Baccala has valiantly tried to offer mature observations of, and commentary on, the contemporary sexual social culture in America.
If judged by the length of its title, The Man Who Made Love to More Women Than Casanova: And the Apocalyptic Aphrodisiac by Italian-American physician and social philosopher Lorenzo Baccala, should be a very long book indeed. But, in fact, it is a rather modest 190 pages of bare bones observations, anecdotes, and advice regarding sex and sexual practices.
Baccala has written his account of an interview with G, a retired businessman who claims to have had sexual encounters with three hundred women. The weight given to the advice on sex contained in this book should be measured by the depth of other truths offered, much like the accuracy of the clock being measured by its thirteenth strike. Thus, the observation, “Biscotti are usually bland,” must be seriously considered. In other words, the guidance offered by the alleged interviewee, G, is suspect—his self-described grandiose experience notwithstanding—but not lightly disregarded.
Each chapter addresses a different sexual practice or category, and the book need not be read from front to back. Readers can jump in at whatever point they might find titillating, whether it is “G, Muff-diving and the GMD” or “G and Asian Women” or “G and the Brazilian Hose.” Chapters are short and could easily be read aloud by one partner to the other as a form of foreplay, which tremendously increases the utility of the volume.
Baccala writes well and the story flows easily. It is the little tidbits that excite more discussion, such as the riff on the Pascal Effect: “something small can lead to something big.” Or, “Though I have had opportunities, unlike Casanova, I never approached or made love to a married woman or girlfriend of a man whom I know.” And, finally, noting he never used condoms, G is quoted as saying, “I despise condoms, but you’re right. In theory, I was crazy not to use them.”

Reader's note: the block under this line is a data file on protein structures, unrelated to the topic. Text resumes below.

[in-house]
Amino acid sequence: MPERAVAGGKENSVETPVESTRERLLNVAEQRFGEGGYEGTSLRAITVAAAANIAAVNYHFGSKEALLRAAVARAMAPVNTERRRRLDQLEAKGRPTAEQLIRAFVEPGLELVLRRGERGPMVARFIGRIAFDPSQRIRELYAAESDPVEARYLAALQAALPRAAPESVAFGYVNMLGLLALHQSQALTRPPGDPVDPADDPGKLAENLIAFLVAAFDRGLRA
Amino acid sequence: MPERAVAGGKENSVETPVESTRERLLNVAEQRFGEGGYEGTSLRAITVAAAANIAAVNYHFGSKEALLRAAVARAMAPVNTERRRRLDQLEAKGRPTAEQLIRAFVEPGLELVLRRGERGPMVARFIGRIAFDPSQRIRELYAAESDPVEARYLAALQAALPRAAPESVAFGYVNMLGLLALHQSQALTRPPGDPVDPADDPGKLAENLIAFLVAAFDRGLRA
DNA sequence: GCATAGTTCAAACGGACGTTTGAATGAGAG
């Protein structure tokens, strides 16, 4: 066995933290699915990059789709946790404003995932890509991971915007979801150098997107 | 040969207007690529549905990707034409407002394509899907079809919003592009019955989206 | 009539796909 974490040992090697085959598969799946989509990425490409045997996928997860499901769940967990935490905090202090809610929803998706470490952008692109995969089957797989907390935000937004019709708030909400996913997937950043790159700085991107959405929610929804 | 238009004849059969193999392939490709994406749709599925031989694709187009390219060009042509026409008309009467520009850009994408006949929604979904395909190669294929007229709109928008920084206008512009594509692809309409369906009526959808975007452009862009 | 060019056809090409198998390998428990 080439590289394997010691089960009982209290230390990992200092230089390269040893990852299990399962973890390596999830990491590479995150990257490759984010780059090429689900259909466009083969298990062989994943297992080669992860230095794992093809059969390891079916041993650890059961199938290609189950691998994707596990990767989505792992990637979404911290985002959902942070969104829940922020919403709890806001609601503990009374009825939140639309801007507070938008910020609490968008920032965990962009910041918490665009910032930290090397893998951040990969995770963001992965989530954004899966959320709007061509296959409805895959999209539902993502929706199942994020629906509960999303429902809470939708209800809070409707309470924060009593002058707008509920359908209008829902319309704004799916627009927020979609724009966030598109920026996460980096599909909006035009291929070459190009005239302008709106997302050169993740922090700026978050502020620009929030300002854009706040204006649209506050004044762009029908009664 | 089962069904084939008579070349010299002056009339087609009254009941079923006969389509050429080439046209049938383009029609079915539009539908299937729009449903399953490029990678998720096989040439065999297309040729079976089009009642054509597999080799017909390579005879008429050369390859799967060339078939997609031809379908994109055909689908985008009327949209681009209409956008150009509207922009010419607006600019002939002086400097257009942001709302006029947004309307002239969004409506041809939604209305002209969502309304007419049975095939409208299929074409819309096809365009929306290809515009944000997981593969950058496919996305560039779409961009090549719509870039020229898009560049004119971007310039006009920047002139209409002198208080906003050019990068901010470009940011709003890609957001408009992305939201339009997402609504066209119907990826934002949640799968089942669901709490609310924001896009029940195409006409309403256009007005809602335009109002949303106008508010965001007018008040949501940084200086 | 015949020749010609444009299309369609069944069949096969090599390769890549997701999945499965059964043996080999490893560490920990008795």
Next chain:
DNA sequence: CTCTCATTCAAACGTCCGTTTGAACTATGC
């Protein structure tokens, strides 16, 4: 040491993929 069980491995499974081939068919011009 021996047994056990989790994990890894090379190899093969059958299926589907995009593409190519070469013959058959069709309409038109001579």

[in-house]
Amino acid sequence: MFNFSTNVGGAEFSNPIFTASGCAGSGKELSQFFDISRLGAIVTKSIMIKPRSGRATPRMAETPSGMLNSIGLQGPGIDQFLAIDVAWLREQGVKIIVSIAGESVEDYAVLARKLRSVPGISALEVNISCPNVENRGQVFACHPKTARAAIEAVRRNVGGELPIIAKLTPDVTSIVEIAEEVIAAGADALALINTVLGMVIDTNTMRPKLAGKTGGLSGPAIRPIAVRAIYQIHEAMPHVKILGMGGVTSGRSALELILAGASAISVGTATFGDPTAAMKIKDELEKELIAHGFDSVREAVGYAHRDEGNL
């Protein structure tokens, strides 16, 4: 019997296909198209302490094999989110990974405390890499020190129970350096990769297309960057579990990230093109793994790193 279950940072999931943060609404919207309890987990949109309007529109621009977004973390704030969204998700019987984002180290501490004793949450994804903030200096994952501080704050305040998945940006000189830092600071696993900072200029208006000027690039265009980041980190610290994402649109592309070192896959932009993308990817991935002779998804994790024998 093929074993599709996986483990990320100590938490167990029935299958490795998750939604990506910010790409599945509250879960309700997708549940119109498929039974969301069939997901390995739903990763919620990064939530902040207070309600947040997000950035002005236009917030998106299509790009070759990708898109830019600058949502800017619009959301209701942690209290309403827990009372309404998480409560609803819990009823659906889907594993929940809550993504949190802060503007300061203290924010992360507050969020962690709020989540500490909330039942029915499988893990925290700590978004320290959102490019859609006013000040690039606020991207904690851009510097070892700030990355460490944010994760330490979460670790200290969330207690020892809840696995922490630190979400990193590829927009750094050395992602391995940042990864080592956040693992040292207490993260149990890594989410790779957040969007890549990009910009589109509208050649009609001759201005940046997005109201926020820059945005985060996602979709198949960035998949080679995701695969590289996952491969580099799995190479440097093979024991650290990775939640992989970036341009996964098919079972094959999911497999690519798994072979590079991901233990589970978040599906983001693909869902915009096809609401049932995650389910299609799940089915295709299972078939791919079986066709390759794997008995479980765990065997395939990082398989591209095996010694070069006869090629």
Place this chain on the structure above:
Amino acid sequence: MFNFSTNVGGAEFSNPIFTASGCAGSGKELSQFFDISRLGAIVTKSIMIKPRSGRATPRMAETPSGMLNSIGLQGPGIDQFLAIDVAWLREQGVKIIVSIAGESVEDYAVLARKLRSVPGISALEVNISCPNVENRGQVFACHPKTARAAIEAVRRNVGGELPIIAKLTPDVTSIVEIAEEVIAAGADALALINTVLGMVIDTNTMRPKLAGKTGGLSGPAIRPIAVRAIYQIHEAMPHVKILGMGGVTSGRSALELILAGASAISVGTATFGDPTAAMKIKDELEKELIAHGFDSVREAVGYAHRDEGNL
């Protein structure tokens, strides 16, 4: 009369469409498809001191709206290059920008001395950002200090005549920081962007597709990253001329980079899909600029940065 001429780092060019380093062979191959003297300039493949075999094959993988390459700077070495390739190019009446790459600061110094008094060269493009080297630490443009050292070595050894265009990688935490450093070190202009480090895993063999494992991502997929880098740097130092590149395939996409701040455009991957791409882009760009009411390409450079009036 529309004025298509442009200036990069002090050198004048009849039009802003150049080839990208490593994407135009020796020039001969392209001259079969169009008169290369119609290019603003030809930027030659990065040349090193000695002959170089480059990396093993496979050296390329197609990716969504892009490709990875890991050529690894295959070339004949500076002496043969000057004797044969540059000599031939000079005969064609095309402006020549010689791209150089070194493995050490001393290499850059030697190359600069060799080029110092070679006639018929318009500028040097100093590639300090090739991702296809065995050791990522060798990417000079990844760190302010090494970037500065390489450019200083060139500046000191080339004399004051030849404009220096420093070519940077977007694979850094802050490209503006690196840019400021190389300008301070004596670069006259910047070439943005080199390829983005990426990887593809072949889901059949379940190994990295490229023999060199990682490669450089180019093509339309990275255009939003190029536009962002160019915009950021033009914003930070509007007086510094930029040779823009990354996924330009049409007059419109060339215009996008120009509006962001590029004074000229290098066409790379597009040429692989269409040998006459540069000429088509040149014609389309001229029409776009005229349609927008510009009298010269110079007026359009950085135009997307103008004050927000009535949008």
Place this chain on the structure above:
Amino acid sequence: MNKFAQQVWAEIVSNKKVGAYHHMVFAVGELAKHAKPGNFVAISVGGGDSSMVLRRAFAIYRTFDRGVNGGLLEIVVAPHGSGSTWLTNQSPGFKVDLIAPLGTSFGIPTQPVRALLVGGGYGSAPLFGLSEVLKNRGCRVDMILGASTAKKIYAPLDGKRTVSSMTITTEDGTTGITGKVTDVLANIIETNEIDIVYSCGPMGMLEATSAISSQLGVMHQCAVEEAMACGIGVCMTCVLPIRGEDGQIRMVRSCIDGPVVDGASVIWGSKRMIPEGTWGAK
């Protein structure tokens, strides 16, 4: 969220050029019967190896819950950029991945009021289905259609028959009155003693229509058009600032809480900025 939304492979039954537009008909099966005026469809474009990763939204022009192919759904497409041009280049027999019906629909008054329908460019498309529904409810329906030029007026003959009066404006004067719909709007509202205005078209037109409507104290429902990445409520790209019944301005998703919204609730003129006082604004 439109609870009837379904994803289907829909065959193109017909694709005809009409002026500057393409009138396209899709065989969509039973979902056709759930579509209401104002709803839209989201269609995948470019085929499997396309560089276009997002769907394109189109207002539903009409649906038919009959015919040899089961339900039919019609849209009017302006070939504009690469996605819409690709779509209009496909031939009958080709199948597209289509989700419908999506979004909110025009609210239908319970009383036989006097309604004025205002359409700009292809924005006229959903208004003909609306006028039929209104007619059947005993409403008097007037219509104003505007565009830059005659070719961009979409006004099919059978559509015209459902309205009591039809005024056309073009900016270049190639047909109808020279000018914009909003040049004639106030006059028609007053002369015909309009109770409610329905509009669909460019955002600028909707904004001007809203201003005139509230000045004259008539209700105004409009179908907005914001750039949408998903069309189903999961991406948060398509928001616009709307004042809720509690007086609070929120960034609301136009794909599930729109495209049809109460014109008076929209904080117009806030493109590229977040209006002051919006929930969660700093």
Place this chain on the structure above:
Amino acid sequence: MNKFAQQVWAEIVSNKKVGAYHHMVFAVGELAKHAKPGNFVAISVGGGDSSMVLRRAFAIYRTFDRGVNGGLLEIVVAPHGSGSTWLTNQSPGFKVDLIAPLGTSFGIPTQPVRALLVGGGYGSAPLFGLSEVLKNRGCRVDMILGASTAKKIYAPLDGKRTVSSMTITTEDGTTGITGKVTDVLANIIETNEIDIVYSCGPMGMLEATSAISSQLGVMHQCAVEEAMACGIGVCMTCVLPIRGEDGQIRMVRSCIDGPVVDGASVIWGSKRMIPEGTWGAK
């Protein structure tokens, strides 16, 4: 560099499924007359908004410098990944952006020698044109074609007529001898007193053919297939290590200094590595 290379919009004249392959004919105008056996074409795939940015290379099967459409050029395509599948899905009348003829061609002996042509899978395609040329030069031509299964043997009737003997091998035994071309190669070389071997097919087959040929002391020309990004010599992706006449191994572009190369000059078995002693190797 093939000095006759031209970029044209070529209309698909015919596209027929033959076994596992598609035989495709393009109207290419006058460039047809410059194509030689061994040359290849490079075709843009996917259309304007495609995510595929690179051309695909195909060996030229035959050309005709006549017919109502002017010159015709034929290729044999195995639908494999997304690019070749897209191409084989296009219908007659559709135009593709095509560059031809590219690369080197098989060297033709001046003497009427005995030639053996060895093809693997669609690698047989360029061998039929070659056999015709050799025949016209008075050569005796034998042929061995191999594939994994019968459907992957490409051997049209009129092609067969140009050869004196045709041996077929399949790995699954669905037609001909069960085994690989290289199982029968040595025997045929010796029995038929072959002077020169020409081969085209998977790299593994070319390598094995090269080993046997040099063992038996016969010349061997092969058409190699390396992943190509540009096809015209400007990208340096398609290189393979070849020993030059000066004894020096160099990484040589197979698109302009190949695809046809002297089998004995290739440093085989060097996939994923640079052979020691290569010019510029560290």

The book’s cover art is eye-catching but not particularly artistically pleasing. Interspersed throughout are black-and-white photos and drawings that are not on par with the writing.
In spite of the fact that the narrative occasionally reads like the Penthouse advice letters, Baccala has valiantly tried to offer mature observations of, and commentary on, the contemporary sexual social culture in America. It might have been better received had it not been couched in the story of a man who apparently notched his belt with each sexual conquest. Apparently, the size of the number of sex partners does count. Baccala should know, like Italian salted cod, there is something fishy about that.